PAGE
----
Dr Kate Granger is a true inspiration - she has raised a vast amount of money for the Yorkshire Cancer Centre, she has had numerous awards. Yet she remains incredibly humble and cannot understand why people nominate her for rewards and awards.
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on 3 April 2015
A brilliantly simple, direct and unself-pitying account of facing up to, and dealing with, the challenge of a life-limiting illness in a young adult. The patient and author is a doctor who uses medical language. This makes it particularly relevant to see from a doctor's point of view what it's like being a patient in this situation. There is a glossary for lay readers.
Alongside this unusual perspective, it also gives a brilliant understanding of the power of vocation that drives, inspires and defines a person. Many, if not most, doctors I have encountered have started like this - sadly, not all maintain this passion through their careers. It is good to have this flame of vocational zeal rekindled by being reminded of why one is in the profession!
I think it should be required reading for all doctors dealing with any patients with life-limiting illnesses.
I am a doctor, and I found this slim but powerful volume extremely thought-provoking. I read through it in a couple of sittings, learnt a lot, and have continued to reflect on its contents since.
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on 30 December 2012
I first saw the author of this book on my regional news programme and was so impressed with her humility and true grit that I put her second book on my Amazon Wish List. Fortunately one of my sons saw it, bought me it for Christmas, and I have just finished it. How this young woman could cope with such a terrible illness, carry on with her work and write two books is an amazing feat in itself. She writes so well, though I was glad of the index of medical terms, and her humanity shines through. I do hope that if I or my family are in need of a similar doctor that we will get one that has read her books and will follow her example. Obviously I now need to buy the first one! Kate's husband and family must be so proud of her and I do hope that she will be able to carry on her work for as long as she wants to.
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on 12 September 2013
This is very much treat the person first and disease second.It is an inspiration to read as all too often as soon as the big "C"is mentioned you stop being an individual and become
a piece of meat on the conveyor belt of treatments that satisfy the medical professionals that they have done their best ,but is it best for you the person.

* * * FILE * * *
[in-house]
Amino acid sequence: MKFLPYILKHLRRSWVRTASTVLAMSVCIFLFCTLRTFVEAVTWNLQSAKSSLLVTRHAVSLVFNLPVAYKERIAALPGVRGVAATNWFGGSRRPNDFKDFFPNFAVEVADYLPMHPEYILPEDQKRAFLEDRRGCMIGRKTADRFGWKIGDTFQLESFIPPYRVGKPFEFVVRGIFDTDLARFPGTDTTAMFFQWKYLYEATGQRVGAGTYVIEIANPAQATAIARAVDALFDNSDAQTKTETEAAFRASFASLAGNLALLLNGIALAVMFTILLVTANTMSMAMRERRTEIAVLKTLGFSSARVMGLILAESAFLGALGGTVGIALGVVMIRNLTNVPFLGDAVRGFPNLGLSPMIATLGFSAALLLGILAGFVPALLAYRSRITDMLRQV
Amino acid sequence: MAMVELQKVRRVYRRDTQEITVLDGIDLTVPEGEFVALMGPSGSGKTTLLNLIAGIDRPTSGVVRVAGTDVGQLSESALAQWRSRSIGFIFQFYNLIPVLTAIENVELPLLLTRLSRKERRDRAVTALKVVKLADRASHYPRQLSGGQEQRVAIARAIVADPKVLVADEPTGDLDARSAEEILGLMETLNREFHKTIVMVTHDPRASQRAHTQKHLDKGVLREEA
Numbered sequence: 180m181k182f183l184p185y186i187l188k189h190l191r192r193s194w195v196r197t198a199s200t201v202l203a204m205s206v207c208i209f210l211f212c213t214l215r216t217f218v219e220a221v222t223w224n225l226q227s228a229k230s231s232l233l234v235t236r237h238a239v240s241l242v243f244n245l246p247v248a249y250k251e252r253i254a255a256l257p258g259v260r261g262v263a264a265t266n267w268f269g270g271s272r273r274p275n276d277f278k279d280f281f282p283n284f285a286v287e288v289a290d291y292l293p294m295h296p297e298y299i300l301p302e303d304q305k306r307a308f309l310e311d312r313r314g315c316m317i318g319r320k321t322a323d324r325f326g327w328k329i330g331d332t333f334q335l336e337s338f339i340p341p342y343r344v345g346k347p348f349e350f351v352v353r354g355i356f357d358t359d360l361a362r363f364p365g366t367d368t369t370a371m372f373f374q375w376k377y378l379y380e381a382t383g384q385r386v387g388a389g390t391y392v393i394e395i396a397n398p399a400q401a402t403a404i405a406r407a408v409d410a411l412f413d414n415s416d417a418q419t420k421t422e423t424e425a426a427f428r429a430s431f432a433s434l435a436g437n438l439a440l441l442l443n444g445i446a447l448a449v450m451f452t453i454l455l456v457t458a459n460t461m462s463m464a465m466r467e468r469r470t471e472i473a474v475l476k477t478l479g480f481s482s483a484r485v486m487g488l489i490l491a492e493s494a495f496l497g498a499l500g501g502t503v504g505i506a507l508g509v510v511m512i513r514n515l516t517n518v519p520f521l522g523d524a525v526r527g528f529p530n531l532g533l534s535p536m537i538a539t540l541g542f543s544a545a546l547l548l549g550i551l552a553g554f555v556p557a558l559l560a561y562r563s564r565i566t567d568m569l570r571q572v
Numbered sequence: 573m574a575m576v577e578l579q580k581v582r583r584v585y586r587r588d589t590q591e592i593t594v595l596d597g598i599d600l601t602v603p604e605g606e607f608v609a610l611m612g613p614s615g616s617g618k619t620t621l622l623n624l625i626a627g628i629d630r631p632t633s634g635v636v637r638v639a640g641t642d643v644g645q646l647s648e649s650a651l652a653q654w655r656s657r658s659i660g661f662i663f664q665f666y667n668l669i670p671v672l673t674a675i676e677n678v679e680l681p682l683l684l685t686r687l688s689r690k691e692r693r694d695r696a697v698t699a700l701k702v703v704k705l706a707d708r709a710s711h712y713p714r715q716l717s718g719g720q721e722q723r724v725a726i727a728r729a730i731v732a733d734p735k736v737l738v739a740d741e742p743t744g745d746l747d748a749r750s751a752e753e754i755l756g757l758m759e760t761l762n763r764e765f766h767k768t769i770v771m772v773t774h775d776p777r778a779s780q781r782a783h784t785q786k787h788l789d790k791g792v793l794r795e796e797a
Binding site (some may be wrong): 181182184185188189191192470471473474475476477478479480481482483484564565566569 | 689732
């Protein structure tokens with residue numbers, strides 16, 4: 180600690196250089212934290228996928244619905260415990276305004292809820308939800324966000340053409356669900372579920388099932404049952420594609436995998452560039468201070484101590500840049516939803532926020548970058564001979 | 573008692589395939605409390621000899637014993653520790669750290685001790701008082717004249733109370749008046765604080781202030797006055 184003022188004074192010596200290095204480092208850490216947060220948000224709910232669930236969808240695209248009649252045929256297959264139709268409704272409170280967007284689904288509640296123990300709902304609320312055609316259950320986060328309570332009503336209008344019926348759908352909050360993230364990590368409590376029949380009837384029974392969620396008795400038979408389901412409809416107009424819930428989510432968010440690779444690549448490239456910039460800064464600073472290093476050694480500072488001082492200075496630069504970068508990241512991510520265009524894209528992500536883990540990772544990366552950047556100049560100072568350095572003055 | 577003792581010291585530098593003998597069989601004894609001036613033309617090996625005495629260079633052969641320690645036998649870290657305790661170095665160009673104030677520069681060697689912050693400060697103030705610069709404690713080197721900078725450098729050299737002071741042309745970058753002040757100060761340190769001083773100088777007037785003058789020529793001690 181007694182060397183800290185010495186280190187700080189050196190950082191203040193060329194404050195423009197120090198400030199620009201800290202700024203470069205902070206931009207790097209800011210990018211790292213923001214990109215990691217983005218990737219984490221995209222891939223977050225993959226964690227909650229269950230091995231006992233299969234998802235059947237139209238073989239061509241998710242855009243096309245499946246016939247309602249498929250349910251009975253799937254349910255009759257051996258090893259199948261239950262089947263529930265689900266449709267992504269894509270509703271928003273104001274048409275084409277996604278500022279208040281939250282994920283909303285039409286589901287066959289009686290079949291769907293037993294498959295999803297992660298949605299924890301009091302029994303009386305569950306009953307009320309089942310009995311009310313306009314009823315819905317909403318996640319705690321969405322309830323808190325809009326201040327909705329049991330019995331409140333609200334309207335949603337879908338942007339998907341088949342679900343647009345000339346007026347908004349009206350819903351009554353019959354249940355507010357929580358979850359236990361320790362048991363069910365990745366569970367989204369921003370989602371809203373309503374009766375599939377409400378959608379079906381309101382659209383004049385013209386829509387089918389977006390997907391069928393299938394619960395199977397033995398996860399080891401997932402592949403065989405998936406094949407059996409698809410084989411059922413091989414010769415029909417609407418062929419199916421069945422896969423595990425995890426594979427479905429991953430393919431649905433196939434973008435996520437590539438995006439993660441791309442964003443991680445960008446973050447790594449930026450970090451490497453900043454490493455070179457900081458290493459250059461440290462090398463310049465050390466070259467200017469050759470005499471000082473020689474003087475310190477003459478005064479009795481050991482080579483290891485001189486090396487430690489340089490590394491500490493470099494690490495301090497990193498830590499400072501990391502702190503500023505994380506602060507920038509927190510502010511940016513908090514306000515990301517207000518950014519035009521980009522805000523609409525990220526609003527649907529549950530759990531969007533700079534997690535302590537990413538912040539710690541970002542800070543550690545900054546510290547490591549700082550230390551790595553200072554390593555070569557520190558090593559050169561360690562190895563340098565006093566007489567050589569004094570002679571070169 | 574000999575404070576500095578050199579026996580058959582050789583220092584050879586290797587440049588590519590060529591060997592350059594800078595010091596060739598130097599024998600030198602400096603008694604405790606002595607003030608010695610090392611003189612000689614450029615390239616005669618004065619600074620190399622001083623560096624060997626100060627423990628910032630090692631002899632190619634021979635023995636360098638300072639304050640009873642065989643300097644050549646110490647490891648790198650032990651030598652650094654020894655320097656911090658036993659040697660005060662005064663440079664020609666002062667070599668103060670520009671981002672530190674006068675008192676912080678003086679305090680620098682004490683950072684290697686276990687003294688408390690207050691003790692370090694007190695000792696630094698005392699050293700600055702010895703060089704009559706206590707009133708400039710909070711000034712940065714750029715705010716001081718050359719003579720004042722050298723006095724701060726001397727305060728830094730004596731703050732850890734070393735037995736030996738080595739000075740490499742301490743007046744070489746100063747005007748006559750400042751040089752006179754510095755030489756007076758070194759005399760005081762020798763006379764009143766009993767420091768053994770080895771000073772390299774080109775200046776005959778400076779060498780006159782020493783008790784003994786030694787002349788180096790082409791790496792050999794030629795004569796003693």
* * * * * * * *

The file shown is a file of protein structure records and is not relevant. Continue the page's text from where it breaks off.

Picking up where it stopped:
Kate comes across as an exceptional human being who will leave her mark on the young medics that I hope read her book.Not to mention raising an enormous amount of money for charity.
I admire her immensely for her honesty and always looking at the nicer bits of her life as she says" always look on the bright side of life" An excellent mantra to live by!
And don't forget #hellomynameis
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on 30 September 2013
I enjoyed reading both books although I found the first book one that I could more easily connect to as my wife has gone through chemotherapy for a while before deciding to live every day rather than die a bit more with each cycle!
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on 4 October 2012
I am moved to write a review for the first time ever in praise of a marvellous and inspirational ongoing true story of Kate's valiant way of dealing with her terminal illness. I agree with all that is written in the previous 3 reviews above and I speak as a layman [ woman actually] who is a retired teacher.The other half of the story called 'The Other Side' is perhaps more for medically trained staff but I found it informative and compulsive reading and would also recommend that both books are bought . Whilst supporting the charity of Kate's choice you will also read a truly honest and insightful account . Do not be mislead by the 2 star review on the first book. I think that reviewer must be young and with little life experience. We will all die one day and Kate has done everything to leave a brilliant training resource intelligently written enabling her training and experience to help others in the future. I hope her observations enhance the training of NHS workers so that dying becomes something out in the open to help patients and families make informed choices and have positive memories of their loved ones even after they are gone.
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on 24 January 2015
This reminds us all about how short life actually is... Let's hope that the NHS staff who read this start to deliver the same personalised care to all people regardless of their knowledge and experience and whether they are a Doctor or not.. It is a testament to Kate's determination to maintain control that she managed to navigate the system, it must have been exhausting at times. Thank you for writing this book, I hope the charity has received thousands more in the last couple of years.